Now there is this big issue of foreign exchange and inflation. The high rates of inflation are affecting an average Malawian. Inflation is closely related to the interest rates, which can influence exchange rates. Inflation is more likely to have a significant negative effect, rather than a significant positive effect on a currency’s value and foreign exchange rate.

Now whether you like it or not, in order to kill this relationship between inflation and foreign exchange and hence reduce the inflation rate, we need to use the fixed exchange rate where the government will tie the official exchange rate to another country’s currency.

Don’t let these whites decide prices for our own commodities as if it is theirs. Let us act as educated people, time should guide us. The fact that they are white shouldn’t be the reason to plunder our economy. Malawi at 51.

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3 thoughts on “Of Malawi’s economic woes and its way out”

  1. Jahan says:

    Most of the things I wanted to say on this article have been pointed out by the “Analyst”. The author is just a clueless kid who has lots of theories in his head but has never implemented or seen them implemented somewhere. He is like APM, saying one thing and doing another. He says people are not offering solutions, but goes on to quote articles that offered the solutions! Such bull!

  2. Bwande says:

    #Analyst, you are just right on point and I was about to ask the same. He has made reference to articles like that of Henry Kachaje where he mentioned of the need for chemotherapy treatment and not panado. The author has just shown his/her lack of comprehension. I mean didn’t he or she able to decipher some solutions from such articles?

    Well, that said, I should also remind the author, that the first step to solving a problem is first understanding the problem itself. You cannot solve a problem without knowing that there is a problem and the understanding of it thereof. So it is not wrong to point to problems. In fact in doing so who are helping with the first step to solve the problem itself.

    How many suggestions as regards to the myriad problems have been put forth? How many have pointed to the need for commercialized irrigation schemes to address the food situation? Are these not solutions being put on the table?

    Our question should be, who is ready to listen and act? Who is there to lead in the transformation? Somehow I have a feeling that the author is naive.

  3. The Analyst says:

    O……………………………………………………………………………………………………………………………………………………………………………………………………………………O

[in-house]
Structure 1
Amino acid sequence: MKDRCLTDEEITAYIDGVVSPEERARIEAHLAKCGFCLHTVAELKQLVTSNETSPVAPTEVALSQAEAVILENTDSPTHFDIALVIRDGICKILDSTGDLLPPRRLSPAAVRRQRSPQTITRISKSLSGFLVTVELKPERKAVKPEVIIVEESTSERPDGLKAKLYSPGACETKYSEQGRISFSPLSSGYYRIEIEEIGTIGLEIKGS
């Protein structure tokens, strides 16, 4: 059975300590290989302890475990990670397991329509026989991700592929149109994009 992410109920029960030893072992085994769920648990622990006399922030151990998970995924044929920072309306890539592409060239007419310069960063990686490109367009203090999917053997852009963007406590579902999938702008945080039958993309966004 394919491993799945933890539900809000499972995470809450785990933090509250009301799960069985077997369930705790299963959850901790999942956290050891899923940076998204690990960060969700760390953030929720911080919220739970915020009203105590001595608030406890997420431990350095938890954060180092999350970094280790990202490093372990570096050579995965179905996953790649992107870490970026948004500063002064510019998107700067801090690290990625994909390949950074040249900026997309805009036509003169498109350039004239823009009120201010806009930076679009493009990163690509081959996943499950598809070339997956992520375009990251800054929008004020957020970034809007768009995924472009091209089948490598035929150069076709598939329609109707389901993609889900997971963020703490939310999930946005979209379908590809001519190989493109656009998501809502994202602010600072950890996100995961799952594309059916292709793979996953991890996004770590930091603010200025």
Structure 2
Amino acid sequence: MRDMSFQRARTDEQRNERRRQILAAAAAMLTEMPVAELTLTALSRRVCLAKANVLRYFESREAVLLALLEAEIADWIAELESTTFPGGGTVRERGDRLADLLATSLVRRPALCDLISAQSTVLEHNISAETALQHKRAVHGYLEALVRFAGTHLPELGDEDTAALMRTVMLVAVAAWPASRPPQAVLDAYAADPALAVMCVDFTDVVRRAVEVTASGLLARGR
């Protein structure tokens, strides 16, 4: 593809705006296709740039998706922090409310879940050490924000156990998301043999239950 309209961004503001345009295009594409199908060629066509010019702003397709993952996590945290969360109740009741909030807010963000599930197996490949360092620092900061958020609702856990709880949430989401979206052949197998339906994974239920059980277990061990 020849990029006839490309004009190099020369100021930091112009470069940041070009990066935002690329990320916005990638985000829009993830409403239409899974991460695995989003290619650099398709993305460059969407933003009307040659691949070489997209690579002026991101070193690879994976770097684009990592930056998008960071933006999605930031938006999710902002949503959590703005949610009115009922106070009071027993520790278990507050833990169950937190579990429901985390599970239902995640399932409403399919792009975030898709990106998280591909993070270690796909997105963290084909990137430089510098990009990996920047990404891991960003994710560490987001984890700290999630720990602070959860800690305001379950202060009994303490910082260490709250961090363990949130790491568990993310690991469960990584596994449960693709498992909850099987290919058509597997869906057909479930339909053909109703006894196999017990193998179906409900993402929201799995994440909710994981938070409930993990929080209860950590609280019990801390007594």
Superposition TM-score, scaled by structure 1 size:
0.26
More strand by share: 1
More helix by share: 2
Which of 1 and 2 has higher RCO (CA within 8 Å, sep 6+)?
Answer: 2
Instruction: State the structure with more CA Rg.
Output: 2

On a lighter note . . .
    . . . the definition of fixing the exchange rate being pegging or tying the movement of the domestic official foreign exchange rate to another country’s currency (as postitulated in the last but one paragraph) is as flawed as fundamentally weak and therefore as wrong, absolute;
    . . . rather, determining a band or corridor or path (ceiling and flow) within which the domestic currency is allowed to fluctuate (appreciate or depreciate) i.e. fixed percentage points by which the exchange rate can deviate from a perceived average or target.
    . . . otherwise will you have fixed hence controlled the exchange rate if the value of that other country’s currency is equally volatile?
    ………………………………………………………………………………………………………………………………………………………………………………………………………………………..
    On a serious note . . .
    To assertain that all previous articles and critiques have not offered solutions to the problems we are facing is not being truthful to ypurself and thus an absolute misrepresentation of facts.
    . . . havent you heard somebody say Malawi can save a lot by reducing the number of these unnecessary presidential advisors?
    . . . havent you read somewhere that Malawi needs to find an exit strategy for FISP – a huge burden on the budget?
    . . . havent you heard or read or just thought that Malawi’s current interest-rate environment is not good for private sector investment hence employment and economic growth; thus the need to consider reducing the same?
    . . .and what about the many development policies and strategies you have rightly cited to have been gathering dust? i.e not being implemented?

    Then what are you talking about when you say people are not providing solutions?
    …………………………………………………………………………………………………………………………………………………………………………………………………………………….
    On a more serious note . . .
    . . . There is a bountiful solution package put forth before the country’s authorities. But truth is, there is leadership absenteeism and/or executive arrogance in Malawi hence no political will to take on board the solutions offered. Asati izi mukambazi yayi.
    O………………………………………………………………………………………………………………………………………………………………………………………………………………………O